The graph of these top 25 countries is perhaps one you might find in a science textbook, measuring some kind of decay. One great World Cup tournament from a team ranked between 5 and 25 would certainly make a significant difference to their position in the chart.
But the World Cup is not just about how countries perform. Stars are born. Reputations are made or destroyed, and watching over everything are the clubs, waiting to sign up the next marquee name for the new season. Shouldn’t a story about the World Cup also be about the clubs and the players? Of course it should, and this means more data and more work for PowerOLAP.
So, the next cubes needed to capture, for each match, how the players had performed. Data available as a matter of public record includes the squads chosen, the starting line-ups for each match, the minutes played for each player, and whether or not each player scored goals, received a yellow or red card or was substituted; all meat and drink for PowerOLAP. And, of course, each player, in each World Cup is contracted to a club. It is also therefore possible to slice the data to extract the club view and so answer a World Cup question rarely asked: ‘which club has been the most influential on World Cup history?’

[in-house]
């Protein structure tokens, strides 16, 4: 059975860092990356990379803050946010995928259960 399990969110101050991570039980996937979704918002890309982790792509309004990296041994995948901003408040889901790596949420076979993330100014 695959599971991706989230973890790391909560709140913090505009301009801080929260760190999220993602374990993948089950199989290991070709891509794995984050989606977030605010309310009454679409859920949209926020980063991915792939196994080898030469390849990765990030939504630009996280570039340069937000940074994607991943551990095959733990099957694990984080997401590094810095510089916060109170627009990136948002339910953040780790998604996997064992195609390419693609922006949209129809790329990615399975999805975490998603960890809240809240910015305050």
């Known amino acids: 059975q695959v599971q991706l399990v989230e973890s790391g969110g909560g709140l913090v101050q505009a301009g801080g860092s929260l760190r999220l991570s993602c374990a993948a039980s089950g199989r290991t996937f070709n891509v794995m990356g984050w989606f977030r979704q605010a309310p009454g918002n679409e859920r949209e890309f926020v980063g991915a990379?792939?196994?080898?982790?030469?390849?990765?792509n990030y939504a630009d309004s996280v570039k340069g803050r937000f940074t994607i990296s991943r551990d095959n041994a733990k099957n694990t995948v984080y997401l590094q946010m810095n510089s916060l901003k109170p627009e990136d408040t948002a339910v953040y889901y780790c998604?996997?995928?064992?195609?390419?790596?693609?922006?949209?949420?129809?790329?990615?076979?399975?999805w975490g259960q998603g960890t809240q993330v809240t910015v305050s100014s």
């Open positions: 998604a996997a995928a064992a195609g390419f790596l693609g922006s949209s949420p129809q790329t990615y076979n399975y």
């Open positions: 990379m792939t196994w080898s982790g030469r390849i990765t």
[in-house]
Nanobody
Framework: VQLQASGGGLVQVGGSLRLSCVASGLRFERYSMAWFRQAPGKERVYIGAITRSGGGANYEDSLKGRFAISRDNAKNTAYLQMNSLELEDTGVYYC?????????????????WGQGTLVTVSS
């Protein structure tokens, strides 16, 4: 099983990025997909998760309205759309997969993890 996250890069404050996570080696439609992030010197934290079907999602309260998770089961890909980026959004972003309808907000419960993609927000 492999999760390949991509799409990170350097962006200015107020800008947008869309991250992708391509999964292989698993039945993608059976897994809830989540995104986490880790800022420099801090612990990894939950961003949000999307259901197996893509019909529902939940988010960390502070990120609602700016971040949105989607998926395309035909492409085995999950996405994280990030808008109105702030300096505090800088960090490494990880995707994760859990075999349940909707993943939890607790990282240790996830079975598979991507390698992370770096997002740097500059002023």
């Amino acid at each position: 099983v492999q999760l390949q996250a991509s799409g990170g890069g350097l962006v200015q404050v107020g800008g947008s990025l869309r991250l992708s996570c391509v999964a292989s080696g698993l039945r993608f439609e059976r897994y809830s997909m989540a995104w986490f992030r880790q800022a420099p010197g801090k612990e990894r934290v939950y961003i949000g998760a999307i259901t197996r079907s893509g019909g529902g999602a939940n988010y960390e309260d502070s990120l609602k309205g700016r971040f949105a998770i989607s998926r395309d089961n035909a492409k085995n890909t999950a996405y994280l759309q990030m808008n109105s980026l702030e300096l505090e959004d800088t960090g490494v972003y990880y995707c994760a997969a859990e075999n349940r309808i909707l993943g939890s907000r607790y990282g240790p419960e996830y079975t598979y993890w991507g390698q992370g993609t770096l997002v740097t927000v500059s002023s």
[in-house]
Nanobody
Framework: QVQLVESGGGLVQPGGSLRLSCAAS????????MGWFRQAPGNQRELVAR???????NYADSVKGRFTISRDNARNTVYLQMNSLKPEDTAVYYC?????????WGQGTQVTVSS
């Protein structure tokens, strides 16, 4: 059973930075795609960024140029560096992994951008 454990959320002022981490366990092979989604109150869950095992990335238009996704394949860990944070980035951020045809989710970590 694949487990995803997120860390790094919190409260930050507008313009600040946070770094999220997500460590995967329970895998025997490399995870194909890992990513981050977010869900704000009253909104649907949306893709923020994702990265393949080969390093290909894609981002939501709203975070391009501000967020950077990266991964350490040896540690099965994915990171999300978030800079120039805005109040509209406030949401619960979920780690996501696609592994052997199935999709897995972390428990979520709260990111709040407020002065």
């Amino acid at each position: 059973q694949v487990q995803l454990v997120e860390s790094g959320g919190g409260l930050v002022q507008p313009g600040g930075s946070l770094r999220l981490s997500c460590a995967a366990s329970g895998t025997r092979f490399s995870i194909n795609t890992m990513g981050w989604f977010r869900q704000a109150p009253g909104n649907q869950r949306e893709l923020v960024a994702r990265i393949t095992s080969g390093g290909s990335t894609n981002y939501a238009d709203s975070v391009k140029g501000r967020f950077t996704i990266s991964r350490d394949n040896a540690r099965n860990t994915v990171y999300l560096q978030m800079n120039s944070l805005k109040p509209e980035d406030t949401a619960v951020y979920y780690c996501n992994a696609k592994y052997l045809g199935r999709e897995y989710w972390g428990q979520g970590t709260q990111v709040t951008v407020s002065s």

It seemed a fair way to assess a club’s impact by considering both the number of minutes played by players from that club and the number of goals scored. A goal is assigned a value and added to the number of minutes played to reach an index. As can be seen from the graph below which shows the top 10 clubs, Inter Milan comes out top. This is based on data up to the start of the 2014 World Cup. From the performance at Brazil 2014, Bayern Munich would now be the top club overall, helped in large part to a contribution of 18 goals scored by Bayern Munich players.